WASHINGTON, Aug. 8- The U.S. Department of Agriculture (USDA) and the Environmental Protection Agency (EPA) today announced a national partnership to improve rural drinking water and wastewater systems.
The partnership, “Promoting Sustainable Rural Water and Wastewater Systems,” is a five-year agreement between USDA and EPA that outlines four project goals. Each goal requires funding for information distribution, training and education for small water and wastewater systems. The agreement focuses on small water and sewage treatment facilities with limited funding in an effort to increase federal resources and training available to them. 

Funding for training and information distribution will be provided for the following areas: sustainable utility management practice, system partnerships, promoting careers in water service and water and wastewater rule requirements. 

"By working together, our agencies will strengthen their capacity to provide rural residents with safe, clean, well-managed water and wastewater systems for years to come," said USDA Rural Utilities Service Administrator, Jonathan Adelstein.

According to the memorandum, more than 97 percent of the nation’s 160,000 public water systems serve fewer than 10,000 people and 78 percent of the 15,000 wastewater treatment plants are less than one million gallons per day. The agreement addresses challenges, including financial resources, aging infrastructure and workforce shortages, which many of these small water systems face.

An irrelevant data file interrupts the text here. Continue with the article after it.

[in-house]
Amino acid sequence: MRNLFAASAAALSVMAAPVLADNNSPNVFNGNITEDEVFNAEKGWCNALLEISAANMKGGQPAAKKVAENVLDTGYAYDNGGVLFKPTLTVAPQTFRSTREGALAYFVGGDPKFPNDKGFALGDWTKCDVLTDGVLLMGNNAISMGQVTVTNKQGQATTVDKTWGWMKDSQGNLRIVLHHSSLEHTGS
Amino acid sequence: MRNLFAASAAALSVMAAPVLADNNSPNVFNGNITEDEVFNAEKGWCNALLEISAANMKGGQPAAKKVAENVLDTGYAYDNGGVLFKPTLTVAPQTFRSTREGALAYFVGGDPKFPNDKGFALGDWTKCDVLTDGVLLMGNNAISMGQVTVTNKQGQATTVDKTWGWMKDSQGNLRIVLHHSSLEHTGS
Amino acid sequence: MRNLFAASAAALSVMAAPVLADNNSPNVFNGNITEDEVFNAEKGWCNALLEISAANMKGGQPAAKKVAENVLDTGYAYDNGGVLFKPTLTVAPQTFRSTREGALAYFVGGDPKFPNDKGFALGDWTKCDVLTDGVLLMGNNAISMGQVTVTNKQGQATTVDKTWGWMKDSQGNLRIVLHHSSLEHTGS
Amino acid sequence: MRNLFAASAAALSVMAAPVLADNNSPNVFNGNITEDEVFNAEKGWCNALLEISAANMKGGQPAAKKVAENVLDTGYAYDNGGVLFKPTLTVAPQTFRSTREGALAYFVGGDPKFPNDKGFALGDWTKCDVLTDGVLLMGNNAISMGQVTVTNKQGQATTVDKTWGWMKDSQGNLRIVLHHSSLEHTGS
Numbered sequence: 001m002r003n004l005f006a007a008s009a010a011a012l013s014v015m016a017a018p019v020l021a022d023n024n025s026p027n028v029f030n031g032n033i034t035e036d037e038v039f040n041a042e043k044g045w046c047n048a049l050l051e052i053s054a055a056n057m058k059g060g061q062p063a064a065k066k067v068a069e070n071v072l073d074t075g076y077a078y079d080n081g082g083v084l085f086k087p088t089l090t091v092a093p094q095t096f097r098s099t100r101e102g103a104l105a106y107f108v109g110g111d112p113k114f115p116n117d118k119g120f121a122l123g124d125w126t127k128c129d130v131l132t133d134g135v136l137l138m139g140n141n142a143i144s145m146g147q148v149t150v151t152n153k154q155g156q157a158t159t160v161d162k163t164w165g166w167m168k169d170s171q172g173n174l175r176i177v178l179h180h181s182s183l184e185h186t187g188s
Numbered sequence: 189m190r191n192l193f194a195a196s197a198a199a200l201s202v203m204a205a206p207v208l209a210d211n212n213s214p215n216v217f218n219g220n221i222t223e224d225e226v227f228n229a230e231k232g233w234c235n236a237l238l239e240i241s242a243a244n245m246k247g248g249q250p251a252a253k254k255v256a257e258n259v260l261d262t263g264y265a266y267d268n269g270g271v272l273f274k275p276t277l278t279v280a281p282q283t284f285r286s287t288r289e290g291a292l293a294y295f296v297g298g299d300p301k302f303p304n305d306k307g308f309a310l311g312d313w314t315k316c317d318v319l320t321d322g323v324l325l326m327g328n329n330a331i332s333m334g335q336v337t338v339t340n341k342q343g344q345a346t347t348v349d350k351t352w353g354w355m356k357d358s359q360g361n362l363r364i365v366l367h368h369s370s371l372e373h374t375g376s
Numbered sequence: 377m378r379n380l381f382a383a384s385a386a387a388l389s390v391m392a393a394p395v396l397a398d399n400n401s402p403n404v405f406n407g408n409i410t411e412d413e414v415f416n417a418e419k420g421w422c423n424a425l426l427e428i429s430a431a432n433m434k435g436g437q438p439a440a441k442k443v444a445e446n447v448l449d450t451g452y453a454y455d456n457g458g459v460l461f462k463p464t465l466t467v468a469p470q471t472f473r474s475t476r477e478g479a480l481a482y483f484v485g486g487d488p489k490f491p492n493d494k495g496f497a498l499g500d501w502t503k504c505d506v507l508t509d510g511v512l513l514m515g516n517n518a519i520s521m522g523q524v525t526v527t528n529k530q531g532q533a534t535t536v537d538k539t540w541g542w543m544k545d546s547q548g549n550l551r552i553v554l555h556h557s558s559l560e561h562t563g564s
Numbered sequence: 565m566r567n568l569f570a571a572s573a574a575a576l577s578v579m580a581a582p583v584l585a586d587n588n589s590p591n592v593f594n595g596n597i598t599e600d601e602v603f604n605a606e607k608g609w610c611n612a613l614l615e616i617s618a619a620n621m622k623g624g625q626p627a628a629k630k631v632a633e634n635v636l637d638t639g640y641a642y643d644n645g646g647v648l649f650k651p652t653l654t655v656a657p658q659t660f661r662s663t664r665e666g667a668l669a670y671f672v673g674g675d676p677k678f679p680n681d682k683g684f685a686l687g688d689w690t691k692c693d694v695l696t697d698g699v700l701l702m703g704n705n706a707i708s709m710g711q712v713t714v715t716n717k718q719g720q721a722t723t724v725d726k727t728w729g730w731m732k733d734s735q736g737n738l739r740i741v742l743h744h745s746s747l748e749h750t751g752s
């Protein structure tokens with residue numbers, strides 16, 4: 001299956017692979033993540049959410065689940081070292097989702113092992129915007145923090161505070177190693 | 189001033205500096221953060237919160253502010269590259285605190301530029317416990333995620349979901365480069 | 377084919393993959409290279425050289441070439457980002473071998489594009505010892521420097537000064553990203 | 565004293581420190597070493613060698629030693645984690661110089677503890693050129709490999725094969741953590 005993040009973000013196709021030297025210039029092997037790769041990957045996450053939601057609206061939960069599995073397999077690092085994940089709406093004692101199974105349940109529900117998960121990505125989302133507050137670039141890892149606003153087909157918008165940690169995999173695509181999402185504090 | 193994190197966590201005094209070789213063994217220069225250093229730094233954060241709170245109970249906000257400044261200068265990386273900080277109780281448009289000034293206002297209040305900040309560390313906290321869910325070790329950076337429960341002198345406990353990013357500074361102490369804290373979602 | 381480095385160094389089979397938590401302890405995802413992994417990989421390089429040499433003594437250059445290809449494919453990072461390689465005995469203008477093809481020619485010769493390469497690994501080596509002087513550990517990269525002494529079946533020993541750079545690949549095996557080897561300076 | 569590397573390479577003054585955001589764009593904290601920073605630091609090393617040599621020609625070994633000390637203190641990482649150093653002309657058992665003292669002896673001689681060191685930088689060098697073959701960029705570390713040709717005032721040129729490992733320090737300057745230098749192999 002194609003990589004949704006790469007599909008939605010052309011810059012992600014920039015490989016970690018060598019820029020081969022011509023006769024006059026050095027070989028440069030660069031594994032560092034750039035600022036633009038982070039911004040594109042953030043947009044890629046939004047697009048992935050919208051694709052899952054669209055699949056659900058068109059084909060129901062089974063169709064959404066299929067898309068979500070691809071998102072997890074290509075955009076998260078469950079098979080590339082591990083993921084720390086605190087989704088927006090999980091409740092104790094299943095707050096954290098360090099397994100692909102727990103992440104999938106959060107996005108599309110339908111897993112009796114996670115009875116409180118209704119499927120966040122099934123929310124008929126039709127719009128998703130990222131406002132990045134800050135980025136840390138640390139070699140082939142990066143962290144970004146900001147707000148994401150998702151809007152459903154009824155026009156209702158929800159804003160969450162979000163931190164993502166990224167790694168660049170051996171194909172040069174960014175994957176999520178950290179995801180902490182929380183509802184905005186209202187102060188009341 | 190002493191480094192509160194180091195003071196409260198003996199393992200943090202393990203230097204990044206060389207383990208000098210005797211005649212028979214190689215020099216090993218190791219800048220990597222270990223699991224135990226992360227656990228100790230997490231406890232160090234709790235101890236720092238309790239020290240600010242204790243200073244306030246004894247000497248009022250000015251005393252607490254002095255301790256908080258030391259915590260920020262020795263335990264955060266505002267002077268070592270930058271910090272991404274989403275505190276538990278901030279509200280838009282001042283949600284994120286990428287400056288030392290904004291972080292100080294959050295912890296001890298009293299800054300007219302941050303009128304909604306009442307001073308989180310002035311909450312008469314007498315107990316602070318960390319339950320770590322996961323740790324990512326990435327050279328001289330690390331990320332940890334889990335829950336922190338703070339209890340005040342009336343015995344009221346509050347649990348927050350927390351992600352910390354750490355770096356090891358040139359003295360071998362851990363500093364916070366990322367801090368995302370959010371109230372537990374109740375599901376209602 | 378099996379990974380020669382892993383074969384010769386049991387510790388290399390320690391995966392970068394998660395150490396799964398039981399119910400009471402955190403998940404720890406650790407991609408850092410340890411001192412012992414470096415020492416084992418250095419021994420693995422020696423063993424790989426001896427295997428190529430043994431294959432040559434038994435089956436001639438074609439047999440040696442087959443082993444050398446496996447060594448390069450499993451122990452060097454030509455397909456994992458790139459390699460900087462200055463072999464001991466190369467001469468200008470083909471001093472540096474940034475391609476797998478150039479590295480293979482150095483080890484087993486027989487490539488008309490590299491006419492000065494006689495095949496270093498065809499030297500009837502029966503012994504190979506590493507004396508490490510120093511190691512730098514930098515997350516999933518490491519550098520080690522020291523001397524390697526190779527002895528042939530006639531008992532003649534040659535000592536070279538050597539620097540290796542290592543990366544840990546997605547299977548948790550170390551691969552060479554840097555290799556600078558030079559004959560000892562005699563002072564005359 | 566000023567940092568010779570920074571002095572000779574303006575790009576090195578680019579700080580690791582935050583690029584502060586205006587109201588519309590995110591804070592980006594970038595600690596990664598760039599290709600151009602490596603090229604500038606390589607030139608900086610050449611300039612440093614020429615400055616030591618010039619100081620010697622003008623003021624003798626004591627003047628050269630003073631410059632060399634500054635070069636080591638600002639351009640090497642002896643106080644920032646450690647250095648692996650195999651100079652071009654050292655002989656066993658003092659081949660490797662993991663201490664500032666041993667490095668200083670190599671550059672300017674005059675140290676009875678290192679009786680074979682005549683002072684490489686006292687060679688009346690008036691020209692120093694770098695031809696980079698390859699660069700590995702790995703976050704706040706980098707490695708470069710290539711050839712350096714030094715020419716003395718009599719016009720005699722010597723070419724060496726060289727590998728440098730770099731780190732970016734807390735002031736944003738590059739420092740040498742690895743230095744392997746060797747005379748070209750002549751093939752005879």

"A critical part of this agreement is to ensure that we have a well-trained, professional workforce available to replace workers when they leave or retire," said EPA Acting Assistant Administrator for Water, Nancy Stoner.

According to information from the American Water Works Association, 37 percent of water utility workers and 32 percent of wastewater utility workers will be eligible for retirement within the next 10 years. The memorandum also referenced information from the U.S. Department of Labor, which projects that demand for water and wastewater utility workers will increase 20 percent from 2008-2018. 

Today’s press release from USDA described the efforts to promote jobs under the agreement by “targeting specific audiences, providing training for new water careers and coordinating outreach efforts that will bring greater public visibility to the workforce needs of the industry, and develop a new generation of trained water professionals.”

“Investments in small system infrastructure support our long-term national goal of ensuring that rural communities have the basic infrastructure to become sustainable and protect the rural economy and public health,” reads the memorandum.

The memorandum does not outline specific monetary values reserved for this commitment. 

For more information about the EPA-USDA agreement visit: http://water.epa.gov/type/drink/pws/smallsystems/index.cfm


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